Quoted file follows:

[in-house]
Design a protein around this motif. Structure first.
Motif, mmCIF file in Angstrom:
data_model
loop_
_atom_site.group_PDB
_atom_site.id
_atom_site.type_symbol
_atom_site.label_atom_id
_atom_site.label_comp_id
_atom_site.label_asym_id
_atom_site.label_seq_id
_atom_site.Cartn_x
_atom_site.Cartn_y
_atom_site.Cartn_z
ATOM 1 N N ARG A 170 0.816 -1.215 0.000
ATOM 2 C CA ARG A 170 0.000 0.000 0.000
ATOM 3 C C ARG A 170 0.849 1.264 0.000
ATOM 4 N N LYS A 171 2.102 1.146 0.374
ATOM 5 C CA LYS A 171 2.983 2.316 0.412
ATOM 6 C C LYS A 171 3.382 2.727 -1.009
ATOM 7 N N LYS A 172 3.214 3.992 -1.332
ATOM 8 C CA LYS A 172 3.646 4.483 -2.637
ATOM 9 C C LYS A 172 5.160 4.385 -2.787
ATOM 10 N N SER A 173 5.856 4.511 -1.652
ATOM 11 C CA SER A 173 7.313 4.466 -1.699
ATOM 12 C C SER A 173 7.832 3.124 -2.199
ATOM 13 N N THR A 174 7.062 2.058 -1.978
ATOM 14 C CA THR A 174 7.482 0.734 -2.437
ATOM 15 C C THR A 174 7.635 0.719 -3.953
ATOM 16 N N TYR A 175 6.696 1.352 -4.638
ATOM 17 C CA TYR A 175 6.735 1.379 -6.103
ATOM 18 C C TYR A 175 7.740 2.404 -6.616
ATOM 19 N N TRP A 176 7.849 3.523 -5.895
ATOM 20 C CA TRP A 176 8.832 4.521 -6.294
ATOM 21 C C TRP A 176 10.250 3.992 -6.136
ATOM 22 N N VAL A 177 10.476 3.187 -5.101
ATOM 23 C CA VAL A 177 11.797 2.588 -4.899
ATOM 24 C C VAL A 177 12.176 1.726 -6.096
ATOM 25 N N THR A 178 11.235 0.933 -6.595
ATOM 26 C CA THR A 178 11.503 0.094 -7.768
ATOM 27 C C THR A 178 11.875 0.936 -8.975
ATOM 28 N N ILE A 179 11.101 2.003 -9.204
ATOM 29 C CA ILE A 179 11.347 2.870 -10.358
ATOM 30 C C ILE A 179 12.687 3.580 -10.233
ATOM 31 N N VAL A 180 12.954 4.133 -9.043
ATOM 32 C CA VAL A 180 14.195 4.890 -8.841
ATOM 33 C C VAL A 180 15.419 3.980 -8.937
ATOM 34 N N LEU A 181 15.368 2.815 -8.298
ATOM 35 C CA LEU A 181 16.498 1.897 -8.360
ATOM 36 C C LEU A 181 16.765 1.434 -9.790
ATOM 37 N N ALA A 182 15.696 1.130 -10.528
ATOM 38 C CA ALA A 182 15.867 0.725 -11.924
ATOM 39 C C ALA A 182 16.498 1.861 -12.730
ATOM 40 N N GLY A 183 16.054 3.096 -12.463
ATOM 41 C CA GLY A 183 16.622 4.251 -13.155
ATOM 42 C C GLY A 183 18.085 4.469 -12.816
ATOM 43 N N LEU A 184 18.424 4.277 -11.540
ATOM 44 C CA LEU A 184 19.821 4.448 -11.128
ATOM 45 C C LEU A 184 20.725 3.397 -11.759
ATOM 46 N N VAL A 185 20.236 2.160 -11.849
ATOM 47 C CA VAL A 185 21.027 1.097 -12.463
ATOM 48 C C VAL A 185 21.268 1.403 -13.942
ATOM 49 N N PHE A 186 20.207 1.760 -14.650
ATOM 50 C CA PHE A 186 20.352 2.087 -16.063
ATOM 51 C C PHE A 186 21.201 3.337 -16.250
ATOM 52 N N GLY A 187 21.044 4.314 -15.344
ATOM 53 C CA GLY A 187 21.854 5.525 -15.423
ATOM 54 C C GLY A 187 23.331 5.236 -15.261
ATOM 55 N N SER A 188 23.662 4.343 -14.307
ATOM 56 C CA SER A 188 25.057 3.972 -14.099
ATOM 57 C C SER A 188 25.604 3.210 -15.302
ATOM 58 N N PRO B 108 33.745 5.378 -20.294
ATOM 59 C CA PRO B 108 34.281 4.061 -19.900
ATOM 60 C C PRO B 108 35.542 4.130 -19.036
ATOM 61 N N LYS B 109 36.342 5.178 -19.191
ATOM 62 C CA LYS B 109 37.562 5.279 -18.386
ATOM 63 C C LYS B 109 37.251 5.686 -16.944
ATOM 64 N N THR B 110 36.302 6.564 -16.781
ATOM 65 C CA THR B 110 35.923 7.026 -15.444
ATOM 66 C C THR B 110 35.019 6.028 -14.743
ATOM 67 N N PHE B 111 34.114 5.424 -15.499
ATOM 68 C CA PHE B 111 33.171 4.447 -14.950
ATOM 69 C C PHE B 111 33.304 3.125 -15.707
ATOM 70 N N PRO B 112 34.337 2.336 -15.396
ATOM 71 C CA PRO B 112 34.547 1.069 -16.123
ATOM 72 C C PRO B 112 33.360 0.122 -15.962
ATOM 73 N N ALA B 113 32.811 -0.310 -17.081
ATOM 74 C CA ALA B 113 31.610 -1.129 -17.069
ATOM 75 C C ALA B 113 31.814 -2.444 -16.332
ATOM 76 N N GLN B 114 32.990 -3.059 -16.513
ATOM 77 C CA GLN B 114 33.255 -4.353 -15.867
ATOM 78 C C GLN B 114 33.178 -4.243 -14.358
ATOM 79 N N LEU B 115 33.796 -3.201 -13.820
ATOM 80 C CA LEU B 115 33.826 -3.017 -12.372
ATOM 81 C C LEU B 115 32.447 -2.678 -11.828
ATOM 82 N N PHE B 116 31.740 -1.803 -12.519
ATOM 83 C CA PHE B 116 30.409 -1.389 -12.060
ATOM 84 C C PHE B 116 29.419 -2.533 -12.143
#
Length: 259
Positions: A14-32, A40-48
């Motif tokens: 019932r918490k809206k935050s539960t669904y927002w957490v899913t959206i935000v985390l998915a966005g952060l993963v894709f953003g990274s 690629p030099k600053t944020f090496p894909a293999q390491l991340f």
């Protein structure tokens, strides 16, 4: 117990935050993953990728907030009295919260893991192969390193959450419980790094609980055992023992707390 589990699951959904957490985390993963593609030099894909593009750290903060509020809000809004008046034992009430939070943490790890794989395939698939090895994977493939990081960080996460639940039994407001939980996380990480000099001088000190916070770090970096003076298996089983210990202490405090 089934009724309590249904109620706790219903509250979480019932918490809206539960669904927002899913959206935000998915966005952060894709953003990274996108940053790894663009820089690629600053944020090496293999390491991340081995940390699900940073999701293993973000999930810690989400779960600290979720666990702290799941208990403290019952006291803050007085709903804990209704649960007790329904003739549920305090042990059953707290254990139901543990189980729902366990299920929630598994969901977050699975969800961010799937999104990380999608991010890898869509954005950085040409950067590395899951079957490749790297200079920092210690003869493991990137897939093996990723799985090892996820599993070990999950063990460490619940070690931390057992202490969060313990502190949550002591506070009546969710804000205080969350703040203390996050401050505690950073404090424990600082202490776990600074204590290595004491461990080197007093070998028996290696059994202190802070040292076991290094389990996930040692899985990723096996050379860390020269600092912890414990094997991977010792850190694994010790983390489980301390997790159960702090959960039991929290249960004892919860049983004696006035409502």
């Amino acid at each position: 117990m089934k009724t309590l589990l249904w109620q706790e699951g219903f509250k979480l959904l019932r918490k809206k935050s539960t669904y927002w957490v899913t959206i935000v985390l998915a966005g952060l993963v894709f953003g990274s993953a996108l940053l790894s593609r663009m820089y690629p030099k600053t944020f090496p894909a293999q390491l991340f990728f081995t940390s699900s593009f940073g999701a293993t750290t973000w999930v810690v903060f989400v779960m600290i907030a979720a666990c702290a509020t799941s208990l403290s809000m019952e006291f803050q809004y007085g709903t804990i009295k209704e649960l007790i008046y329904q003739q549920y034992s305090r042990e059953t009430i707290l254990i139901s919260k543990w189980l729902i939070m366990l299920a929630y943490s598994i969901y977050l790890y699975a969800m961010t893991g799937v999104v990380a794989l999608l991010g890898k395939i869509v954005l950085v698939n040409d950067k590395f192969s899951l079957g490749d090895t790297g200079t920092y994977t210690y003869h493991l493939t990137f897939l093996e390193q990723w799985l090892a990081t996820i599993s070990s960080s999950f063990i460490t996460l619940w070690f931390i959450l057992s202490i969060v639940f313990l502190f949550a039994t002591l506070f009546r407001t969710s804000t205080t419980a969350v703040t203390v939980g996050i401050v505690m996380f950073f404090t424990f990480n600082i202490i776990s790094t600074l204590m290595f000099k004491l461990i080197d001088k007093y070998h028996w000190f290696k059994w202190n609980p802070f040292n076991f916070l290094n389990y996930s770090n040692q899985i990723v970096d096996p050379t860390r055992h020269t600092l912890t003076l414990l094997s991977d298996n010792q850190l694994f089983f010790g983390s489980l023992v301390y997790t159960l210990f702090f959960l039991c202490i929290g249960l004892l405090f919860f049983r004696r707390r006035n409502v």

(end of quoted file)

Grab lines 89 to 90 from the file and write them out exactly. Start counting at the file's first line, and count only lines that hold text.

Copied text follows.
ATOM 74 C CA ALA B 113 31.610 -1.129 -17.069
ATOM 75 C C ALA B 113 31.814 -2.444 -16.332